Audiologists In The Schools

  • 1,749 views
Uploaded on

 

  • Full Name Full Name Comment goes here.
    Are you sure you want to
    Your message goes here
    Be the first to comment
    Be the first to like this
No Downloads

Views

Total Views
1,749
On Slideshare
0
From Embeds
0
Number of Embeds
0

Actions

Shares
Downloads
38
Comments
0
Likes
0

Embeds 0

No embeds

Report content

Flagged as inappropriate Flag as inappropriate
Flag as inappropriate

Select your reason for flagging this presentation as inappropriate.

Cancel
    No notes for slide

Transcript

  • 1. Audiologists in the Schools Kirsten Marconi-Hutkay, Au.D., CCC-A Educational Audiologist Stark County Educational Service Center
  • 2. Overview
    • What is an Educational Audiologist?
    • Qualifying for Services
    • Audiology Overview
      • Anatomy
      • Hearing loss
      • Audiogram
    • Hearing Aid/Cochlear Implants: Pieces & Parts
    • Assistive Listening Devices
    • IEP Considerations
    • What’s new in Stark County
  • 3. What does an Educational Audiologist do?
    • Hearing conservation
    • Audiologic assessments
    • Assistive technology recommendations and fittings
    • Classroom assessments of acoustics and recommendations
    • Auditory processing assessments and recommendations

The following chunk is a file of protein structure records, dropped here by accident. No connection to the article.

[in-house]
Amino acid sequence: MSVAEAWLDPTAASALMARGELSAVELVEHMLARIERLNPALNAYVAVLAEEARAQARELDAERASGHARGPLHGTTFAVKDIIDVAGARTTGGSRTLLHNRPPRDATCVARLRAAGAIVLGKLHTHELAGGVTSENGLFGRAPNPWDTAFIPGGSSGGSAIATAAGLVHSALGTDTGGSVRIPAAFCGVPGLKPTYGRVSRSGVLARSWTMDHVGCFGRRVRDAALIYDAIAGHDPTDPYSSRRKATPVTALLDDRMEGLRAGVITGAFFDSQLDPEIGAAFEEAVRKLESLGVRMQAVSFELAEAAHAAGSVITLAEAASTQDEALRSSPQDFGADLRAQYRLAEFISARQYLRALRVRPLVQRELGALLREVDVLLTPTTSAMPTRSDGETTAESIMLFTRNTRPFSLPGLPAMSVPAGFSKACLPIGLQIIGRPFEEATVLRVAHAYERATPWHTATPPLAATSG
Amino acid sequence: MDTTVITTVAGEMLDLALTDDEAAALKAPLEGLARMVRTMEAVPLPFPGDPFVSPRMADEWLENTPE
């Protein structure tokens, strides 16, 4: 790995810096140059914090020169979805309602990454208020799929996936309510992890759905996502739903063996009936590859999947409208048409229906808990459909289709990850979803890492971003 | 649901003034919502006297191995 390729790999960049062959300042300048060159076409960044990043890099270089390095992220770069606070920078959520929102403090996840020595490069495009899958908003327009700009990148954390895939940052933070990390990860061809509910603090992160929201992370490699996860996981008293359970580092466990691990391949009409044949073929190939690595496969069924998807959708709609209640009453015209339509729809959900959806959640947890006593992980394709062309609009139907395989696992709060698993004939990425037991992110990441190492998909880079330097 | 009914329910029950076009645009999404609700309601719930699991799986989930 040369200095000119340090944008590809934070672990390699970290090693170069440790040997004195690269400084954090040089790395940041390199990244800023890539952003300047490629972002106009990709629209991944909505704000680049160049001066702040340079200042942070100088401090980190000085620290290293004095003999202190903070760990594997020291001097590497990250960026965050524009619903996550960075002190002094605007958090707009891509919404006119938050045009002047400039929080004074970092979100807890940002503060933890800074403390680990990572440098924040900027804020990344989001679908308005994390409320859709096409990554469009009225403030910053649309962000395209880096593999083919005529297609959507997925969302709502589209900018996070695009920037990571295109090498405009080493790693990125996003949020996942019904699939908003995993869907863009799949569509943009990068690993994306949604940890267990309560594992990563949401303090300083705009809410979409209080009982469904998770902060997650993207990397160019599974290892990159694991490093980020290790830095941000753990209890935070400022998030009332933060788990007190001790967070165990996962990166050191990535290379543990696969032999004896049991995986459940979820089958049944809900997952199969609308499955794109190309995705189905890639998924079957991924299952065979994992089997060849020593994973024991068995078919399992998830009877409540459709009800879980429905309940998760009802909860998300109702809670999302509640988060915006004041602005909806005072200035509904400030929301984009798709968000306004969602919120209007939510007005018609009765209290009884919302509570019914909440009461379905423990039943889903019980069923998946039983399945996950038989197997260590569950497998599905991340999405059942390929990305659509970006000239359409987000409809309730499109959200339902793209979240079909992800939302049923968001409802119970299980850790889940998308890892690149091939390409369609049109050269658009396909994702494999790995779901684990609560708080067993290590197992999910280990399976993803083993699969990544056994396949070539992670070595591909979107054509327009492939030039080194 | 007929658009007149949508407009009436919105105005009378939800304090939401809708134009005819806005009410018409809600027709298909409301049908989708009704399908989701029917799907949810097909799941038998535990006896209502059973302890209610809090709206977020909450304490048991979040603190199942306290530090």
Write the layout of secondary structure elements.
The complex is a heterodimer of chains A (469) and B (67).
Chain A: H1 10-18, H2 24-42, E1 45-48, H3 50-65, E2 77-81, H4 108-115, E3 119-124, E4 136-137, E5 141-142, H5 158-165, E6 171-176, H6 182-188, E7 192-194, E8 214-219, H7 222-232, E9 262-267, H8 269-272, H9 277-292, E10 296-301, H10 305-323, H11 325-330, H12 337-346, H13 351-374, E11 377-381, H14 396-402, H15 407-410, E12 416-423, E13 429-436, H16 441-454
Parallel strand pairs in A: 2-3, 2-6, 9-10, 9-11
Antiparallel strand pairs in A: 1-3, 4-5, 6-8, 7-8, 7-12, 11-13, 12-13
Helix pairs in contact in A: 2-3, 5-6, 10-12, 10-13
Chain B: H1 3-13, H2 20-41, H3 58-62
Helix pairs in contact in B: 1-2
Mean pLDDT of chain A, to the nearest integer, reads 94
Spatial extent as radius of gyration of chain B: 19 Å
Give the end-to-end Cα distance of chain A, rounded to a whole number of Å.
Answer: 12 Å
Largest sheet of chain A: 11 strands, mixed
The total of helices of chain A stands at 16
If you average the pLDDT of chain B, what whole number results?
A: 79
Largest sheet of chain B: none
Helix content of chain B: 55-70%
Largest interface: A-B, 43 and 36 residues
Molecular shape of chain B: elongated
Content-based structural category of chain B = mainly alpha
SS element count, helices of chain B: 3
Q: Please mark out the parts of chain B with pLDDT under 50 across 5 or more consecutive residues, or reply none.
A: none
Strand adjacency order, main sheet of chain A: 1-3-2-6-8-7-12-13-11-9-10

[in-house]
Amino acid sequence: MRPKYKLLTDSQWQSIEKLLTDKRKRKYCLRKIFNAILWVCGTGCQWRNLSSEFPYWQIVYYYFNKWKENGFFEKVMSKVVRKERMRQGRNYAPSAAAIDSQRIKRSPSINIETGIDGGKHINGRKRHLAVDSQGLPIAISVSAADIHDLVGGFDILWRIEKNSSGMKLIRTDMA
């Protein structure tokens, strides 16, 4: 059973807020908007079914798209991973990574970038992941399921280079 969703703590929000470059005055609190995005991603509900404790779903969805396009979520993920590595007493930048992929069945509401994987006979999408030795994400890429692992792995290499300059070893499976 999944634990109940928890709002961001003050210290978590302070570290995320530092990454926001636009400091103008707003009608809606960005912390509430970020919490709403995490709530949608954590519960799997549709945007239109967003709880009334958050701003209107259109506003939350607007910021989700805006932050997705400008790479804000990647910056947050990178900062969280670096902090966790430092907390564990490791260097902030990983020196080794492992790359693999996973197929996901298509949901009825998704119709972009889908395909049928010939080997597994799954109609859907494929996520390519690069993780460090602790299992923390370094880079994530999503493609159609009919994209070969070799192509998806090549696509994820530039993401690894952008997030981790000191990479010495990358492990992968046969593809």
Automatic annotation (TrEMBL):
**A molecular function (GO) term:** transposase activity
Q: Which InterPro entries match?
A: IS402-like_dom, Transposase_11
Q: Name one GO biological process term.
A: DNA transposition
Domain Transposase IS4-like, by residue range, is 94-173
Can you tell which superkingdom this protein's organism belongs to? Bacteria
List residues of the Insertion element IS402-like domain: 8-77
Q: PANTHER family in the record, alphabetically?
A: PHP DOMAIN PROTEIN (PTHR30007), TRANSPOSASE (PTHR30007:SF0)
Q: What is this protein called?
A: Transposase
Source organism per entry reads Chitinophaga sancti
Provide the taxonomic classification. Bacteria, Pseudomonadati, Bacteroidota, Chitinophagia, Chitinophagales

• Hearing screenings
    • Aural habilitation
    • Inservices
    • Counseling
    • Support
    • And so much more!!
  • 4. How Does a Child Qualify?
    • “ Blue Book Laws”
      • 1. An average pure tone hearing loss of 50dB or greater for the frequencies 500, 1000 & 2000 Hz for the better ear
      • 2. An average PTA (pure tone average) of 25dB which has an adverse effect on educational performance related to documented evidence of:
        • More severe HL during developmental years
        • Hx of chronic medical problems resulting in fluctuating hearing (ex: chronic ear infections)
        • Delay in diagnosis, provision of amplification, and/or initiation of special programming
  • 5. How Does a Child Qualify?
    • “ Blue Book Laws” (con’t)
      • 3. Hearing loss of greater than 25dB for the frequencies of 1000-8000 Hz in the better ear with poor auditory discrimination that has an adverse effect on education.
  • 6. Audiology 101
    • Auditory System
    • Outer Ear
    • Pinna
    • Ear canal
    • Middle Ear
    • Tympanic Membrane
    • Ossicles